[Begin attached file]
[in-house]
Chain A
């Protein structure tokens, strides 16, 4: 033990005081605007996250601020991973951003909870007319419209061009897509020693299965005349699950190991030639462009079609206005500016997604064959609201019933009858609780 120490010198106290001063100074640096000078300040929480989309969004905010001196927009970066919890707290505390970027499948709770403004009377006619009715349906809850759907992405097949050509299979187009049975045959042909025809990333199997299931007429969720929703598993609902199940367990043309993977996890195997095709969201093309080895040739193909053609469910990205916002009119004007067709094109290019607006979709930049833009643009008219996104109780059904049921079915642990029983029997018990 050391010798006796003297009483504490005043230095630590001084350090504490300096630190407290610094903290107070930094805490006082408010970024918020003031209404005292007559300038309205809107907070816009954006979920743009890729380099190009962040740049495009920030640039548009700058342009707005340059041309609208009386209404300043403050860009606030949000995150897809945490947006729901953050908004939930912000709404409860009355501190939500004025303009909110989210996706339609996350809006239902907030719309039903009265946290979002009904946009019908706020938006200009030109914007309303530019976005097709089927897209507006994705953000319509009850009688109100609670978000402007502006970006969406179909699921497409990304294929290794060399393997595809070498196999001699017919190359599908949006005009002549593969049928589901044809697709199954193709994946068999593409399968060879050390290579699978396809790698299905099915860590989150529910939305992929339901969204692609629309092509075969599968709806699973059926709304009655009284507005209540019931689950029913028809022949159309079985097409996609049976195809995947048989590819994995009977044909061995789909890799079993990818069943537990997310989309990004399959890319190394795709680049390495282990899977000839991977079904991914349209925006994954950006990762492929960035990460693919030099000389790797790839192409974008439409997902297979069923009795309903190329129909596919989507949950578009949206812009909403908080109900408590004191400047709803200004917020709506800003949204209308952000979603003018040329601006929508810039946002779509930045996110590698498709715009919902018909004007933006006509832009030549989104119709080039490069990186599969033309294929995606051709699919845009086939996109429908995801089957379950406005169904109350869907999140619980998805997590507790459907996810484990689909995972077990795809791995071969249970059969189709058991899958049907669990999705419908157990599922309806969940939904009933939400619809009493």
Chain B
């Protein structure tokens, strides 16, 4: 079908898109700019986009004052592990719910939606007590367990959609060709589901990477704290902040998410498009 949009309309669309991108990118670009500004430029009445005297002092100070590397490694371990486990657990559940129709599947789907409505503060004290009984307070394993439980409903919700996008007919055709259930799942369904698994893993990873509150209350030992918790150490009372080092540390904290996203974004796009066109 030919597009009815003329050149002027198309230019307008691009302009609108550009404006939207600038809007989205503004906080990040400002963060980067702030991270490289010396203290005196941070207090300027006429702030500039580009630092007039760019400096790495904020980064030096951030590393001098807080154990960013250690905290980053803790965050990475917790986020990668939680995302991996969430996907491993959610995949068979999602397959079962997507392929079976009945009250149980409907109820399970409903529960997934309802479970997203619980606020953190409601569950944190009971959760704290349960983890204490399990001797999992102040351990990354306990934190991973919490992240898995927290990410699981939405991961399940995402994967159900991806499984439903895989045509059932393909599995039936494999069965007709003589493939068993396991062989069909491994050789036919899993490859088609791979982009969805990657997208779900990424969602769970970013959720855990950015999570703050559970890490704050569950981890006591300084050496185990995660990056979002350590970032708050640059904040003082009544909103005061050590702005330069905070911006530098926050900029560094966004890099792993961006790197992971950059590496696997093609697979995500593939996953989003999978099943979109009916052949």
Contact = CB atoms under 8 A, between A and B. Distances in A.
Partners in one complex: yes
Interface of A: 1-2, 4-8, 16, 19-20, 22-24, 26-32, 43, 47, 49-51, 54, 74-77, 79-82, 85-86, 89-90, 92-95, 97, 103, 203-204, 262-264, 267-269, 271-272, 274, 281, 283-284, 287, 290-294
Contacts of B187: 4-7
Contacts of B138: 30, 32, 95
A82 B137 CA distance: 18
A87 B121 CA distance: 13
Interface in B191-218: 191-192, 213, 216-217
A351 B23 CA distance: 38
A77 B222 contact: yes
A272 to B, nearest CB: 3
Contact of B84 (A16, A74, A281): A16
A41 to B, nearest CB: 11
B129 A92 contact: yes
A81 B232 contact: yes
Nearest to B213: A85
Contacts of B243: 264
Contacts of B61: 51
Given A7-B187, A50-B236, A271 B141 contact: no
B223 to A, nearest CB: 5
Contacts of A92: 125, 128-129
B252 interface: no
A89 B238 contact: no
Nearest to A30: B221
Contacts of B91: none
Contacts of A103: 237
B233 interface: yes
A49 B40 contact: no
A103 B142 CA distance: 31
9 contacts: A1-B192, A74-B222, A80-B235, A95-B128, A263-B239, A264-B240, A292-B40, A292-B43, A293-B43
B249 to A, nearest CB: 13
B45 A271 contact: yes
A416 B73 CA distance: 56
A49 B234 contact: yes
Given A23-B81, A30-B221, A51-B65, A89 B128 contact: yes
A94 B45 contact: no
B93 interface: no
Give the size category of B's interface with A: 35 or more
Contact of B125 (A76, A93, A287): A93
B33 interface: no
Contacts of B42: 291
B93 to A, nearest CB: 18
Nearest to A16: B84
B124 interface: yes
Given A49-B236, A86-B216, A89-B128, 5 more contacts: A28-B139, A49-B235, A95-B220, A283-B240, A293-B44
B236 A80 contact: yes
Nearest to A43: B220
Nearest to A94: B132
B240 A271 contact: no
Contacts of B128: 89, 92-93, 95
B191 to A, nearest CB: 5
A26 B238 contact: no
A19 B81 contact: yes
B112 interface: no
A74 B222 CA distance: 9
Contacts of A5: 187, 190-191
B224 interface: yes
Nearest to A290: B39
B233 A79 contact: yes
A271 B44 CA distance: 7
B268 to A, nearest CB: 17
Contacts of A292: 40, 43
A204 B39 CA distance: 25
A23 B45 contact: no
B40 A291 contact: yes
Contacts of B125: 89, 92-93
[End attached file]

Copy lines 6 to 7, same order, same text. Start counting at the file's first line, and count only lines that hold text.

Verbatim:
Contact = CB atoms under 8 A, between A and B. Distances in A.
Partners in one complex: yes